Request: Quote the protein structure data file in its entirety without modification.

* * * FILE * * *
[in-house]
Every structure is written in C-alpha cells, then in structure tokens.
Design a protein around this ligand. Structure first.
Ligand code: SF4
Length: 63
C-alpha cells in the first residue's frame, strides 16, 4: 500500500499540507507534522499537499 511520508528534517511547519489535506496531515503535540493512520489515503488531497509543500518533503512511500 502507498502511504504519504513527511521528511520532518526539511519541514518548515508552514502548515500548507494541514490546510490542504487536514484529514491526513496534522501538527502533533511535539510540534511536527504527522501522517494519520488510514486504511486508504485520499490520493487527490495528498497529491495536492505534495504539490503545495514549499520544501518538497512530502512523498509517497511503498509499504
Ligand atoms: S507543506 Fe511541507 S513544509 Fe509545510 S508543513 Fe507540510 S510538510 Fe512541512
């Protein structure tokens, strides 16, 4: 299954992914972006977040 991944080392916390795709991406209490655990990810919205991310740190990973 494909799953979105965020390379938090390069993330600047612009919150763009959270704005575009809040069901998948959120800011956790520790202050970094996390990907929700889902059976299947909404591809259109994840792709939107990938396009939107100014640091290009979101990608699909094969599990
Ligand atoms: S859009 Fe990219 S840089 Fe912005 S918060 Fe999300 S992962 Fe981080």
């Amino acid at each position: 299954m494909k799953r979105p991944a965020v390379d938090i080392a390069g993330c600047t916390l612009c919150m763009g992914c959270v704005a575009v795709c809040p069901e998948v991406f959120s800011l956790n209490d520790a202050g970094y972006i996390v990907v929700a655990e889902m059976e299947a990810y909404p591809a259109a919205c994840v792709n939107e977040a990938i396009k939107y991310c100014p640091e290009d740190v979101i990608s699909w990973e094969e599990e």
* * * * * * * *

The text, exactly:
[in-house]
Every structure is written in C-alpha cells, then in structure tokens.
Design a protein around this ligand. Structure first.
Ligand code: SF4
Length: 63
C-alpha cells in the first residue's frame, strides 16, 4: 500500500499540507507534522499537499 511520508528534517511547519489535506496531515503535540493512520489515503488531497509543500518533503512511500 502507498502511504504519504513527511521528511520532518526539511519541514518548515508552514502548515500548507494541514490546510490542504487536514484529514491526513496534522501538527502533533511535539510540534511536527504527522501522517494519520488510514486504511486508504485520499490520493487527490495528498497529491495536492505534495504539490503545495514549499520544501518538497512530502512523498509517497511503498509499504
Ligand atoms: S507543506 Fe511541507 S513544509 Fe509545510 S508543513 Fe507540510 S510538510 Fe512541512
């Protein structure tokens, strides 16, 4: 299954992914972006977040 991944080392916390795709991406209490655990990810919205991310740190990973 494909799953979105965020390379938090390069993330600047612009919150763009959270704005575009809040069901998948959120800011956790520790202050970094996390990907929700889902059976299947909404591809259109994840792709939107990938396009939107100014640091290009979101990608699909094969599990
Ligand atoms: S859009 Fe990219 S840089 Fe912005 S918060 Fe999300 S992962 Fe981080």
């Amino acid at each position: 299954m494909k799953r979105p991944a965020v390379d938090i080392a390069g993330c600047t916390l612009c919150m763009g992914c959270v704005a575009v795709c809040p069901e998948v991406f959120s800011l956790n209490d520790a202050g970094y972006i996390v990907v929700a655990e889902m059976e299947a990810y909404p591809a259109a919205c994840v792709n939107e977040a990938i396009k939107y991310c100014p640091e290009d740190v979101i990608s699909w990973e094969e599990e």